- NOAA Center for Operational Oceanographic Products and Services. Available online: https://tidesandcurrents.noaa.gov/ (accessed on 11 May 2019).
- Blumberg, A.F.; Mellor, G.L. A description of a three-dimensional coastal ocean circulation model. In Three-Dimensional Coastal Ocean Models; Heaps, N.S., Ed.; American Geophysical Union: Washington, DC, USA, 1987; Volume 4, pp. 1–16. [Google Scholar]
- Blumberg, A.F.; Khan, L.A.; St John, J. Three-dimensional hydrodynamic model of New York Harbor region. J. Hydraul. Eng. 1999, 125, 799–816. [Google Scholar] [CrossRef]
- Georgas, N.; Blumberg, A.; Herrington, T. An operational coastal wave forecasting model for New Jersey and Long Island waters. Shore Beach 2007, 75, 30–35. [Google Scholar]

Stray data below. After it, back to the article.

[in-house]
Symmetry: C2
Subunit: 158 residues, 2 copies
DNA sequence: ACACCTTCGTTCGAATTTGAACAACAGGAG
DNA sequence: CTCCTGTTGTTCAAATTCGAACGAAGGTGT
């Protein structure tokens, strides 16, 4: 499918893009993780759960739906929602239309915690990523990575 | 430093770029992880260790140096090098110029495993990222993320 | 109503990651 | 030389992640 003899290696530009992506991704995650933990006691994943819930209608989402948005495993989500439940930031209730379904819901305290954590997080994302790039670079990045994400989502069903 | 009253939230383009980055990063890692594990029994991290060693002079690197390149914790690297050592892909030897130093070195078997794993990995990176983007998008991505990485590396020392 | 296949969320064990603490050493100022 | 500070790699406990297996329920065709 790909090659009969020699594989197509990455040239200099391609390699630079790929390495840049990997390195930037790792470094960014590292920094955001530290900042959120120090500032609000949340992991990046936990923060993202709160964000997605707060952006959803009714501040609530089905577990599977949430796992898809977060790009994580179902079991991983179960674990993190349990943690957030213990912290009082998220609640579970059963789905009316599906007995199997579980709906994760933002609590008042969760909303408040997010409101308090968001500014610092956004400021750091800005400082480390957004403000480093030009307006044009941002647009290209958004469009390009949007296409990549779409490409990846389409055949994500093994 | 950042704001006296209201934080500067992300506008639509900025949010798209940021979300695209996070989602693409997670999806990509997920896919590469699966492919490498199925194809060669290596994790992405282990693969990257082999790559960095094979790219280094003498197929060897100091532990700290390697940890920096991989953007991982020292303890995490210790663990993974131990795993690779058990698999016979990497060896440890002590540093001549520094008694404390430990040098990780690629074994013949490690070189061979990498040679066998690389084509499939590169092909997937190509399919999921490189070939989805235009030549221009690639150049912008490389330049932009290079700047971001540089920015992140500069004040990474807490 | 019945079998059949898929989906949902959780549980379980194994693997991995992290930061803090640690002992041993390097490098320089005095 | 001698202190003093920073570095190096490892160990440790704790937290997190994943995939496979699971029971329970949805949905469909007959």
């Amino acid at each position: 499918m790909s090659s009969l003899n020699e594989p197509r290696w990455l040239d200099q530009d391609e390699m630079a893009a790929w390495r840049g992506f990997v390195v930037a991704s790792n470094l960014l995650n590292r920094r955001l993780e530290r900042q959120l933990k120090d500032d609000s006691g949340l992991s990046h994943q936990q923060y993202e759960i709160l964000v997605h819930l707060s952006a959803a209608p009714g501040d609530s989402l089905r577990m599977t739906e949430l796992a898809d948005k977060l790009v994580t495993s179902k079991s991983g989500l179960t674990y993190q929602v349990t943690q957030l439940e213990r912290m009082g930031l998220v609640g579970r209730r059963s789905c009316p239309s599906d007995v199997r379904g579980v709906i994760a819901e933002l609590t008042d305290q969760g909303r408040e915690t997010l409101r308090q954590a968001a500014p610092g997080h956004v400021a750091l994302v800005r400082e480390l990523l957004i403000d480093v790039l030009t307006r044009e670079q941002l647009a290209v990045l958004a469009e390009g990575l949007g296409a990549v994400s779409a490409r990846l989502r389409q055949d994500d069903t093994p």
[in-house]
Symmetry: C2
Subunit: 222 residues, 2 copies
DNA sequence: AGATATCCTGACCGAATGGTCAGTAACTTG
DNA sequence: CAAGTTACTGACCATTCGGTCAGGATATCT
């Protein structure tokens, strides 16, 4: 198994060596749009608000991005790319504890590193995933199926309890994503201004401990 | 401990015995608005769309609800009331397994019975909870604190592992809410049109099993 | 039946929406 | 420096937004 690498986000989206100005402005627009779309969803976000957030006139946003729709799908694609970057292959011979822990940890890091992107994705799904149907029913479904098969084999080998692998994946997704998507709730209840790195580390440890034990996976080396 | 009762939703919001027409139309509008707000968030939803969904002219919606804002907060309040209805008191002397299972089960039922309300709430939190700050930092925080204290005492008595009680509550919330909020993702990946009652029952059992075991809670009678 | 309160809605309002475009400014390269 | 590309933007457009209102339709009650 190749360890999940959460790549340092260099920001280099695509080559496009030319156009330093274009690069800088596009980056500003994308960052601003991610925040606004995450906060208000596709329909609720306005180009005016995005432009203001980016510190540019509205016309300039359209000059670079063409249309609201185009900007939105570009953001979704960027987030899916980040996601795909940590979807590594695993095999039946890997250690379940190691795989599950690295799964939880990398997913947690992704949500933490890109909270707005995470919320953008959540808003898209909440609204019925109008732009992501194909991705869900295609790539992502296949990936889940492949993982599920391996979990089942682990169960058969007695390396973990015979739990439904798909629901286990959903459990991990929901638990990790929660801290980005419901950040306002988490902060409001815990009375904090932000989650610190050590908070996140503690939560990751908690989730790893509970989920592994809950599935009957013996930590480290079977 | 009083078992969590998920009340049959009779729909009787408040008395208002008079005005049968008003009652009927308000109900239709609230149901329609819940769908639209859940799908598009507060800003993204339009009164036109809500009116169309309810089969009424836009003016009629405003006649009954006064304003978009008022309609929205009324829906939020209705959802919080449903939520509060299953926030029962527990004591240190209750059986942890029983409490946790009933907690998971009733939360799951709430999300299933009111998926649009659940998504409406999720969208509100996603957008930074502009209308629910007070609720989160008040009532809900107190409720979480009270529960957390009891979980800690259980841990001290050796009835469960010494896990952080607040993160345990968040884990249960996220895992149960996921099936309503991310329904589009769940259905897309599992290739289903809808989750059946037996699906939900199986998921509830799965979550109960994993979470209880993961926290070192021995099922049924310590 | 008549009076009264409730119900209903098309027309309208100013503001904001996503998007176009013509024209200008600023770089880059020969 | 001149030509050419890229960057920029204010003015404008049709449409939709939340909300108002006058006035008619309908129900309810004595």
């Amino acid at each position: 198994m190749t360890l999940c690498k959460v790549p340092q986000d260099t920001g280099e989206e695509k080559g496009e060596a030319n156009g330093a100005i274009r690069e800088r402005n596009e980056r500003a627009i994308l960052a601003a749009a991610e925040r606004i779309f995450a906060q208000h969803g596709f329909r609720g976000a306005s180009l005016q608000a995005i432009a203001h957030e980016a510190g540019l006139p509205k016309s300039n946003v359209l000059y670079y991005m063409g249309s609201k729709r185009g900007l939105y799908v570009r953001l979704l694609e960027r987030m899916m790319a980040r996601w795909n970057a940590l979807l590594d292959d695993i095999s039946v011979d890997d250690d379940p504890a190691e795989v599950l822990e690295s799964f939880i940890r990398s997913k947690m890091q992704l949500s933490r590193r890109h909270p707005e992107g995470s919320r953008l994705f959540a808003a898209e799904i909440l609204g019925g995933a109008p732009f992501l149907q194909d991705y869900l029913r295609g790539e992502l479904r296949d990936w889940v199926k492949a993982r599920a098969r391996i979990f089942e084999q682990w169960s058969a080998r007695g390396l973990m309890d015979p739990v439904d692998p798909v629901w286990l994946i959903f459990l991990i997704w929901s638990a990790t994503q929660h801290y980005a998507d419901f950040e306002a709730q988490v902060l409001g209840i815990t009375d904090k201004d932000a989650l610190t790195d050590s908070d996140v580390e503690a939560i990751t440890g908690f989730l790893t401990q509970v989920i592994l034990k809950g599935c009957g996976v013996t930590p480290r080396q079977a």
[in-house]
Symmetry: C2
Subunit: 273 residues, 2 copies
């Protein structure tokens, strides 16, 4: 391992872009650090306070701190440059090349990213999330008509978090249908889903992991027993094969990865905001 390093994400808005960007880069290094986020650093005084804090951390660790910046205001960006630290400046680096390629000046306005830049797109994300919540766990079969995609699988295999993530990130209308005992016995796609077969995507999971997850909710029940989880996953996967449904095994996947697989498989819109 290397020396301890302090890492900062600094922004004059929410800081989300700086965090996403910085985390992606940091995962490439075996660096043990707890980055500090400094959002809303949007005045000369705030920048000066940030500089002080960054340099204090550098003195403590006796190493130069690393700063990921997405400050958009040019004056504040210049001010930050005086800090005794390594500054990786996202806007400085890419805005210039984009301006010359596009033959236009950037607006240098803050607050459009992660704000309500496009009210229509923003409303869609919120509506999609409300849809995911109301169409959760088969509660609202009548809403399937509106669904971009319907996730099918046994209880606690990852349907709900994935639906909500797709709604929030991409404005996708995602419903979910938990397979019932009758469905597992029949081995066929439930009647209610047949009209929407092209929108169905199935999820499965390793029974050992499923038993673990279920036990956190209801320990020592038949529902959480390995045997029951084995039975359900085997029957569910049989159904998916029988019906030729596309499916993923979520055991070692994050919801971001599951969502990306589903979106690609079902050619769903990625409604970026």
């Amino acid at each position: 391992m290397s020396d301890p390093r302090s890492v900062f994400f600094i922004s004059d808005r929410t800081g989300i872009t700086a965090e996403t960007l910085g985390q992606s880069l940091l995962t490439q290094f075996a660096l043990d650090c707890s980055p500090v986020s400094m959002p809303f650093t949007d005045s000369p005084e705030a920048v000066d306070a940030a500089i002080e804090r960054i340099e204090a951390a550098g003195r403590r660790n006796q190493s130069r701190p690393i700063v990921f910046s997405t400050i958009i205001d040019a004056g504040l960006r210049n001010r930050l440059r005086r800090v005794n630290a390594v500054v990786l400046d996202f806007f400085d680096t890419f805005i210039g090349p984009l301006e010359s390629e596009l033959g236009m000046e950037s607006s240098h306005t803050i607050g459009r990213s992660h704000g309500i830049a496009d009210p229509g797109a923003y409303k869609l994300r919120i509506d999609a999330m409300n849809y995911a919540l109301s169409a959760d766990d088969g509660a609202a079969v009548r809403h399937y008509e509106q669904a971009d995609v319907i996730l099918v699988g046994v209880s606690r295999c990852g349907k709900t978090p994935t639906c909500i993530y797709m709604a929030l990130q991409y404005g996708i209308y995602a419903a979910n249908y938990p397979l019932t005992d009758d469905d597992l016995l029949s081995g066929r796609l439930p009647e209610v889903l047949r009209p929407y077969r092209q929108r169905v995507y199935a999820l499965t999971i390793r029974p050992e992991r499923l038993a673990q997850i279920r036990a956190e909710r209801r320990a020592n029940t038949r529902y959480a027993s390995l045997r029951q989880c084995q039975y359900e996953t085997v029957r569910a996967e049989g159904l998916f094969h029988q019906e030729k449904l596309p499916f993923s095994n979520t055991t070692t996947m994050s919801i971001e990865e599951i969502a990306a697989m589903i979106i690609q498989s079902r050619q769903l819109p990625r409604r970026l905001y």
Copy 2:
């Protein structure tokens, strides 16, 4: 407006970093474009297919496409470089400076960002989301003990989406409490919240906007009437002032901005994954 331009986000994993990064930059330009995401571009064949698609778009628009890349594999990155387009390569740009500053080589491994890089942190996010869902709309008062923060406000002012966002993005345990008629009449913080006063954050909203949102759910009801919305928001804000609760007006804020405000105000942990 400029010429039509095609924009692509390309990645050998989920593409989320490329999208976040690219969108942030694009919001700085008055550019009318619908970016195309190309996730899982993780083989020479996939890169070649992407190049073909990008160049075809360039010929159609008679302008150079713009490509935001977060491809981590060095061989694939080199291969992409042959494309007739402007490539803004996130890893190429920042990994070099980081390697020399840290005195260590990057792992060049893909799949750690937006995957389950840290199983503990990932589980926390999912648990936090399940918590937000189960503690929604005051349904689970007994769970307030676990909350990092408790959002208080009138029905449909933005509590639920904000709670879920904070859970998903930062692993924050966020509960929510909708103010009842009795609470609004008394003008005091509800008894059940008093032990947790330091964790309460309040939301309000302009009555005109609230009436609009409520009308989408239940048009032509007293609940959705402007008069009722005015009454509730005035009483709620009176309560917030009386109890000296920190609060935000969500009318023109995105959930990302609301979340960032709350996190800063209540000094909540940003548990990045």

- Taylor, P.K.; Yelland, M.J. The dependence of sea surface roughness on the height and steepness of the waves. J. Phys. Oceanogr. 2001, 31, 572–590. [Google Scholar] [CrossRef]
- Orton, P.; Hall, T.M.; Talke, S.; Blumberg, A.F.; Georgas, N.; Vinogradov, S. A Validated Tropical-Extratropical Flood Hazard Assessment for New York Harbor. J. Geophys. Res. 2016, 121, 8904–8929. [Google Scholar] [CrossRef]
- Georgas, N.; Yin, L.; Jiang, Y.; Wang, Y.; Howell, P.; Saba, V.; Schulte, J.; Orton, P.; Wen, B. An Open-Access, Multi-Decadal, Three-Dimensional, Hydrodynamic Hindcast Dataset for the Long Island Sound and New York/New Jersey Harbor Estuaries. J. Mar. Sci. Eng. 2016, 4, 48. [Google Scholar] [CrossRef]
- Jordi, A.; Georgas, N.; Blumberg, A.; Yin, L.; Chen, Z.; Wang, Y.; Schulte, J.; Ramaswamy, V.; Runnels, D.; Saleh, F. A next-generation coastal ocean operational system: Probabilistic flood forecasting at street scale. Bull. Am. Meteorol. Soc. 2018. [Google Scholar] [CrossRef]